Recently, New Jersey has appeared on the national radar for some of the innovative strategies that have been launched. In particular, the integration and wide-spread use of Direct Primary Care and the use of an Online Auction to choose a PBM for the NJ State Plan, have been praised for increasing the quality of care and drastically lowering costs.
It's not just recently, for years there have been strategies aimed at providing plan sponsors with affordable coverage. Purchasing cooperatives, a catch all term used whenever several employers get together to procure, in this case, health insurance, has been around for more than 50 years. The NJ "State Plan" was created in 1961 to provide public employers with affordable medical and prescription drug insurance. Since then, several other purchasing cooperatives have entered the marketplace.
These cooperatives can provide a tremendous amount of value to an employer, who may benefit from the economies of scale, decreased administrative burden, and expertise of those who operate them.
With that said, here's what you need to ask your cooperative:
1. Do I benefit from the economies of scale?
When you join a cooperative, you should benefit from the economies of scale. That is, you should be able to get better pricing, stable renewals, and some relief of the administrative burden of overseeing the health plan. A consortium that hasn't reached "critical mass" may not be able to provide the necessary economies of scale.
2. Can I leave the cooperative?
Many of the cooperatives that exist in today's marketplace have provisions regarding the termination of your contract. You need to know what happens if you were to cancel the contract. Does it require 60 days? Is there a stipulation preventing you from rejoining? Are you responsible for any terminal liability or runout of claims? Can you leave "off renewal" or does it have to be at the renewal date?
3. Is there access to claims experience?
The plan sponsor bill of rights states that you have the right to receive comprehensive reporting of your costs, and the potential drivers of those costs. How are you supposed to help manage your population if you have no idea what's driving their costs? Whether it's a disease management program, a wellness program, or just some up front communications about issues that plague your population, it is impossible to create an effective strategy without detailed claims experience.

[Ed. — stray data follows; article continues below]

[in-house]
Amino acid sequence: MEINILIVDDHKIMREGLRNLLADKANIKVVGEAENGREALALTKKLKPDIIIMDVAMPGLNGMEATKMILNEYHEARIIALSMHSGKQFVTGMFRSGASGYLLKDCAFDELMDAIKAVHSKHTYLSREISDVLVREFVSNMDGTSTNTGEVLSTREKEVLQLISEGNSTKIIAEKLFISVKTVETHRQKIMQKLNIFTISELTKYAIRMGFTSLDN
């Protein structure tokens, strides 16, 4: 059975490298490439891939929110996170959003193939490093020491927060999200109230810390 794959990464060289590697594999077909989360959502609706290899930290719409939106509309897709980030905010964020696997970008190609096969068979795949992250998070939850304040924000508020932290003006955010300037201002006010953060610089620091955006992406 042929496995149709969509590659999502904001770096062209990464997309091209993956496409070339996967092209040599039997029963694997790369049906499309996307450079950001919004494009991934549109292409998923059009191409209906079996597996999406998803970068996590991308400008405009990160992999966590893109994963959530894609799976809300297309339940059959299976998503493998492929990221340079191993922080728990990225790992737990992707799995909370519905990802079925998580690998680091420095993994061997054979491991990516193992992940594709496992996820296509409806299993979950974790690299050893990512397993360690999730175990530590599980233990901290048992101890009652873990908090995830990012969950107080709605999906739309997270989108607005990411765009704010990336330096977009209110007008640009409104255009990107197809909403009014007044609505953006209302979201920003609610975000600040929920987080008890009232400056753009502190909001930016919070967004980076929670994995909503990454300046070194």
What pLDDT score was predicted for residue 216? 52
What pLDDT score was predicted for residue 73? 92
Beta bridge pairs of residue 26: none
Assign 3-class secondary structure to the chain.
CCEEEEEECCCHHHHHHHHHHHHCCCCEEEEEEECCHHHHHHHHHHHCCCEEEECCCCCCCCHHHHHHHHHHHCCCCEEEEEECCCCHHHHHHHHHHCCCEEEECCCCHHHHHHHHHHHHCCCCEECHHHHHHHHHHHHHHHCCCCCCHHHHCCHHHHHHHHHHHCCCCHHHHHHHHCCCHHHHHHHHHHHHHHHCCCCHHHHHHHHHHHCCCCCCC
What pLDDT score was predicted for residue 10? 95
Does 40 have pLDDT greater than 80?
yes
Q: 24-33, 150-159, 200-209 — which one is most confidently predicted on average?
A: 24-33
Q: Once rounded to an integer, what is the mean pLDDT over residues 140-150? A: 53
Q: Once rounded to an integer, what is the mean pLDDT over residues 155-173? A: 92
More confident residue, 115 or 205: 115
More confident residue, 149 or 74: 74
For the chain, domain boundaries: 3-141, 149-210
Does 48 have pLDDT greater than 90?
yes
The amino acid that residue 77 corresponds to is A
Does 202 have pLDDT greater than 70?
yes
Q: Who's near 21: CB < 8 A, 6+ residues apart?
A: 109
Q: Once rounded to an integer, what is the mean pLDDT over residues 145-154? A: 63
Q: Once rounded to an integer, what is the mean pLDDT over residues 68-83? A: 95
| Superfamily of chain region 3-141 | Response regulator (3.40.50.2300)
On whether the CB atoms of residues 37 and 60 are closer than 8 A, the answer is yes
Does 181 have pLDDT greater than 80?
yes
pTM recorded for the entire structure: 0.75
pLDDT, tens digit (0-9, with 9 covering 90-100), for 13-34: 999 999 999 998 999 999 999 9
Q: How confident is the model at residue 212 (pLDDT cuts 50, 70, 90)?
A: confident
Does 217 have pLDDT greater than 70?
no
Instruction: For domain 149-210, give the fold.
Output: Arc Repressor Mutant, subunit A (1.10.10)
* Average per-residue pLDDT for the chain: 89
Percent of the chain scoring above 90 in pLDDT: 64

4. Are the fees transparent?
You have the right to know what you're paying for and how much you are paying. Do you understand the contracts that are in place with the various vendors? Does your broker provide you with a compensation disclosure? Do you know how the money is being handled and invested? Is there a financial statement you can analyze?
5. Am I shackled to the broker?
If you want to terminate your relationship with a broker, but stay in the cooperative, is that allowed? Is there a non-compete clause that prevents this from happening? Is your contract tied to your broker? Would firing the broker cancel your contract?
6. Is there a possibility of receiving dividends?
You are in a cooperative for several reasons, but mainly you want the best price. What if your group performs particularly well? Do you get a discount or any money back? Or if the entire cooperative runs better than expected, is there any chance of receiving dividends?
7. Are there any performance guarantees?
Entering a cooperative should get you more than just a favorable renewal. It should also provide you with fantastic customer service. In fact, it should provide all members with certain performance guarantees that, if not met, prescribe a penalty to the vendor.
8. Is the cooperative self-funded?
In today's marketplace any cooperative strictly for the benefit of its participants uses a self-funded model. This allows the members to enjoy lower administrative costs and the cooperative to have greater control over it's contracts with providers (thus, lowering costs). The only fully insured contract a cooperative should have is for stop loss, and even then, a big enough cooperative has the size to help self-fund part or all of that too.
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